As we're now tapering, the rides have been less intense and much shorter: a couple of 15-milers during the week, a lovely 55-mile route through the hills last weekend (with a café stop - shock horror!!), and on Sunday a rather tough 20 miles thanks to horrid winds. Now all that remains is a 10-miler and a 5-miler, and then we're off!

Yesterday I was jittery and terrified all day, but today I've got excited butterflies - I just can't wait to get out there and see what I can do! The route looks good, and mostly unfamiliar, which will help when it comes to overcoming those inevitabe 'walls' in the latter stages of the ride. Right now I almost miss my bike; so many weekends have been spent flying down country lanes and toiling up hills, and I've loved every single one of the rides we've done. Every Saturday morning I've woken up with a ball of fizzing excitement in my tummy, and spending the day out in the countryside has, for the most part at least, been an absolute pleasure.

Sponsorship is coming in and people are being overwhelmingly generous. We're even hoping for a quick stint in the local papers this week - watch out!

Sunday, 24 July 2011

York to Whitby; the Last Training Challenge

This weekend was the last weekend of training before we have to start tapering (reducing our weekly mileage in preparation for the big race). Since we didn't manage to get to Whitby last weekend, the bright skies that greeted us early on Saturday morning were very welcome indeed. The planned route was to head to Whitby via Pickering, then take the 'Cinder Track' cycle path (the route of the Whitby-Scarborough railway line) all the way to Scarborough station, where we could catch a train back to York.

The route promised to be incredibly challenging; it wasn't only the 80-mile distance that we had to endure, but also miles and miles of climbs over the North York Moors to the coast. On top of this already daunting ride, the winds that morning were relatively strong - not a good omen for crossing the wind-swept moorlands of the National Park.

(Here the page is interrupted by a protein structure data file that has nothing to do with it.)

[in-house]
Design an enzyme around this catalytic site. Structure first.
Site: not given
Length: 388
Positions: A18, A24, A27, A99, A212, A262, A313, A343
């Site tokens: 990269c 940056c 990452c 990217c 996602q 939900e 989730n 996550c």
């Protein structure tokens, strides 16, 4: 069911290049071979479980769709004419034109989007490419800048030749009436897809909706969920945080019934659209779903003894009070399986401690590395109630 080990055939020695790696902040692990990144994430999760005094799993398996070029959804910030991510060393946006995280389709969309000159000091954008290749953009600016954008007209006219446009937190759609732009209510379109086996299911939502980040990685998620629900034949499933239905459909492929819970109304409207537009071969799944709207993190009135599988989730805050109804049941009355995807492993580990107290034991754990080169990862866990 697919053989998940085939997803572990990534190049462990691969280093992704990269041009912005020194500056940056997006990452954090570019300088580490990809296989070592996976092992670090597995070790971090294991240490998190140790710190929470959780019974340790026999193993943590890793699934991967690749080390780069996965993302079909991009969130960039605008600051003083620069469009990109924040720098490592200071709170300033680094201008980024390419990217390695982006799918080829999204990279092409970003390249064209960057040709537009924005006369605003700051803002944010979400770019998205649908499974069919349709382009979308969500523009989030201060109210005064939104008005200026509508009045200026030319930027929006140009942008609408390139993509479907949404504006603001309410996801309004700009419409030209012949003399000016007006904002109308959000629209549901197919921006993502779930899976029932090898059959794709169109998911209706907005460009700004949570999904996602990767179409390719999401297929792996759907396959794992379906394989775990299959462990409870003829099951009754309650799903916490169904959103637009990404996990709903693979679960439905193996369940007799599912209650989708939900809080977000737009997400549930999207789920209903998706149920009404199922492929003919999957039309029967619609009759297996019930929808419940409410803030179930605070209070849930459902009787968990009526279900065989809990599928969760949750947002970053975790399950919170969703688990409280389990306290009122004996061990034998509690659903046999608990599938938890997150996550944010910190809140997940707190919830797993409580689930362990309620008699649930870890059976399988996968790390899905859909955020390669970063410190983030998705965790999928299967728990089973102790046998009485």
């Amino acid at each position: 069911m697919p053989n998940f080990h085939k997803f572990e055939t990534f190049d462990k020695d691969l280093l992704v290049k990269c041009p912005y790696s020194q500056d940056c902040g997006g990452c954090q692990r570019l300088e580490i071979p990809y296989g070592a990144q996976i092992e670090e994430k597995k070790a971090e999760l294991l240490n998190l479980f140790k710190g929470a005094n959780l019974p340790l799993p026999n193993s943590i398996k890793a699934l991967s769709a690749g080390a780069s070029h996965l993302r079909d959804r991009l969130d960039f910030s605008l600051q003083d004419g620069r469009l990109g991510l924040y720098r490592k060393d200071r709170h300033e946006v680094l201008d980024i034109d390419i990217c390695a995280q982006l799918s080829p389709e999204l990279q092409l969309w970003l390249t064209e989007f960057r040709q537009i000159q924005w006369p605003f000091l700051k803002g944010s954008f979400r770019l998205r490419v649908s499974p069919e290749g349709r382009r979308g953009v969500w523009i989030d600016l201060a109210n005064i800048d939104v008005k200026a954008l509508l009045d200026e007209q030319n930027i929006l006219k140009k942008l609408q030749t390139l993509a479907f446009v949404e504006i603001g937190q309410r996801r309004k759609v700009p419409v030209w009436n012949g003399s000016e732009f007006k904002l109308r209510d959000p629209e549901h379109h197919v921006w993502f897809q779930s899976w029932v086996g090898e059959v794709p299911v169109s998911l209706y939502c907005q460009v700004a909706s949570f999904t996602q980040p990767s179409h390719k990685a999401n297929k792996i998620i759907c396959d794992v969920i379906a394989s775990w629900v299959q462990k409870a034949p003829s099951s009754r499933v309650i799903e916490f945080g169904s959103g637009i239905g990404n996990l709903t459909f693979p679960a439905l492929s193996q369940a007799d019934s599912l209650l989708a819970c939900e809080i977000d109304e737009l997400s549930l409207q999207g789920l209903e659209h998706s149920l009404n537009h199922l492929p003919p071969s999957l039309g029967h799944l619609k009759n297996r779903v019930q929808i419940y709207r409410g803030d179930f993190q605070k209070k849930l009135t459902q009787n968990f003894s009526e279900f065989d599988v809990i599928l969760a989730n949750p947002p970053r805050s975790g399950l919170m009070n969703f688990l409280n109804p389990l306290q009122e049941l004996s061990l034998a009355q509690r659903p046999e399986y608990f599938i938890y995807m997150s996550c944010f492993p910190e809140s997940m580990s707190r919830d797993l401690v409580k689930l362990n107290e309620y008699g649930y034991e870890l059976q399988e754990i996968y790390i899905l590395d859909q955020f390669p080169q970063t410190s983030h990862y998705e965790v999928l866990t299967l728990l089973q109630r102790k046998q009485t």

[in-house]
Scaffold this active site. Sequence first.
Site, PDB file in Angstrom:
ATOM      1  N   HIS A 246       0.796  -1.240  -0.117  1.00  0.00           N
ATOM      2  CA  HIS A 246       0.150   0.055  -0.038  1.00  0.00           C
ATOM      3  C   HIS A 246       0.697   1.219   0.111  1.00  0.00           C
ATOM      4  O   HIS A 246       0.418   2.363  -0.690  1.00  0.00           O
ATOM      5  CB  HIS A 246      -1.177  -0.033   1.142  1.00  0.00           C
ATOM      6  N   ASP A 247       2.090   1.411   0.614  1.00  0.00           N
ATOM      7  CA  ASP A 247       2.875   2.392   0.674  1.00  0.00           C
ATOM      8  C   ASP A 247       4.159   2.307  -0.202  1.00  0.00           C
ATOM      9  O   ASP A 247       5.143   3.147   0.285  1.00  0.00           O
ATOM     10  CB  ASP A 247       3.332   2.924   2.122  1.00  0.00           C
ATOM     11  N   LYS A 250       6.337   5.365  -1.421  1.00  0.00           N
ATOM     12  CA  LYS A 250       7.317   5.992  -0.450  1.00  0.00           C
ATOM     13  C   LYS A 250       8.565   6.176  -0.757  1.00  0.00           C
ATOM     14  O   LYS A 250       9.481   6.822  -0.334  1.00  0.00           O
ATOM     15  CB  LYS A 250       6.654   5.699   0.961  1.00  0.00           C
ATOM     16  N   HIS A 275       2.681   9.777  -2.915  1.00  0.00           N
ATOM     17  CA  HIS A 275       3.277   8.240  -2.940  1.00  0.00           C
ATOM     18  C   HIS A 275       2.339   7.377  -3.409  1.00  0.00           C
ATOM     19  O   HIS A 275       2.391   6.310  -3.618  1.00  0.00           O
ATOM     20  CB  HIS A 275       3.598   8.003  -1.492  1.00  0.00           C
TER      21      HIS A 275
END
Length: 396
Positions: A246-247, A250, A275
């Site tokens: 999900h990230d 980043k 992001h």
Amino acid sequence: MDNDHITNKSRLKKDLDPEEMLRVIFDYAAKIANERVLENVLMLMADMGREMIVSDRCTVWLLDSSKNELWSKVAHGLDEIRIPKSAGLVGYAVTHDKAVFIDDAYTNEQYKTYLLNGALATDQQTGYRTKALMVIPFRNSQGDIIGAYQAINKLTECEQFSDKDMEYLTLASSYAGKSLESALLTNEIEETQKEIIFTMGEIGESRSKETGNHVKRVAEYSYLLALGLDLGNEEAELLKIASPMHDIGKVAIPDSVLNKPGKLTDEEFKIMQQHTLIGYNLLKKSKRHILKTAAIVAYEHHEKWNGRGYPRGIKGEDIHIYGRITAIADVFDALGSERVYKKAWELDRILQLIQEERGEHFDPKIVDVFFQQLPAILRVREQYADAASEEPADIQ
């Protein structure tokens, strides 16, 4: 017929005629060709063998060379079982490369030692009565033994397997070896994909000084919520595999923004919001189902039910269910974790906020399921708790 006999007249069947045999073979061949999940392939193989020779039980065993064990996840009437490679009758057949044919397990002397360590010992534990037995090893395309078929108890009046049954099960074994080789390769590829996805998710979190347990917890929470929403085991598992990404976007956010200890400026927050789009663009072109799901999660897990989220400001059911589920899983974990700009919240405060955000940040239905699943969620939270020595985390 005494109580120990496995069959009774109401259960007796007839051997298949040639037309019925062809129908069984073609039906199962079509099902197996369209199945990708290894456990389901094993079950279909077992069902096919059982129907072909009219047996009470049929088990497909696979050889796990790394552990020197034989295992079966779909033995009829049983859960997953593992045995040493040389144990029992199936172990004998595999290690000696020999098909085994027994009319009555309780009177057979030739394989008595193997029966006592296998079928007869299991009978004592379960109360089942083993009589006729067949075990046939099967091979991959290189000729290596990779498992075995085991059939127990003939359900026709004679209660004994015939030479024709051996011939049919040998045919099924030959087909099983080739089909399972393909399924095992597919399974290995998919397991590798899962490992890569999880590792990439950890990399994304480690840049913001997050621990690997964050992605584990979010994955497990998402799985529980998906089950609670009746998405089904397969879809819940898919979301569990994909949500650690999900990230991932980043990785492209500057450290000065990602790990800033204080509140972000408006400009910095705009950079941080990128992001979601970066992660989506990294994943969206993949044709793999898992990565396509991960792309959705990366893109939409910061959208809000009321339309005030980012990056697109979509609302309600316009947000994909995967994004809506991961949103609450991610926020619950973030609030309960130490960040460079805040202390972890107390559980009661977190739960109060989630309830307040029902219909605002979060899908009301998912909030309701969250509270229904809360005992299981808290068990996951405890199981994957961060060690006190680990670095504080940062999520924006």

Overlooking the Castle Howard estate

We reached Malton in good time then hit some farm tracks that helped us along to Pickering. By the time we reached Pickering and its beautifully restored watermills the winds were getting uncomfortably strong, blasting in our ears and distracting our concentration. The road from Pickering was long and steep and, on top of that, cars and coaches were thundering by relentlessly. This is the only real route through a remote area to the coast from Pickering, and the traffic and conditions made us feel quite uneasy on our bikes.

There's only one road, and we're taking it...

We reached the Hole of Horcum, where we stopped to admire the views and eat a quick sandwich (Daniel was tempted by the burger van in the lay-by, but managed to resist), before heading on to the toughest part of the route. We have driven over this road many times in a car, and I have considered how hard it would be to take a bike up and over the moors. No idle dreaming in a car could have prepared us for the winding, steep and relentless ascents, and nerve-racking descents into hairpin bends and over streams - all with traffic roaring past and winds bellowing us around the side of the road. We climbed and climbed, and it took more than I thought I had in me to get up to the brow of the hill, and then up to the next hill, and the next. There was a point when I just couldn't keep going any longer, but instead of getting off and trying to gather myself, as I have done in the past, I held the point of this challenge in my thoughts: raising money for an amazing charity, and honouring the memory of my Uncle by doing so. I held that thought there solidly until the very top, and breathed a sigh of relief when the warning signs for the up-coming 20% descent down Blue Bank (complete with sand-padded escape lane) into Whitby appeared before me. Behind the red triangle the sea stretched out forever, with Whitby Abbey forming a recognizable silhouette on the headland.

At the Hole of Horcum

Whitby was heaving with visitors; not an ideal welcome after six hours of tiring cycling. We stopped at a special spot for a power snack (Daniel and I had our first holiday together in Whitby), then located the Cinder Track (also on Sustrans Route 1) for our path back to Scarborough. This gave is 23 miles of peaceful cycling - being off-road meant that there was no trouble with cars, but similarly, the uneven and often challenging terrain slowed us down considerably, and proved to be a rather tiring way to get to Scarborough. We'd been cycling for over 8 hours, and had covered over 70 miles, and despite having eaten and drunk much more than we would normally, with 15 miles to go we started getting incredibly tired. We kept having to stop for more food and fuel, but still I was losing concentration and had a few scary incidents - two of which left me off the bike and fearing for the future of my limbs!

Big tides  off the coast of Whitby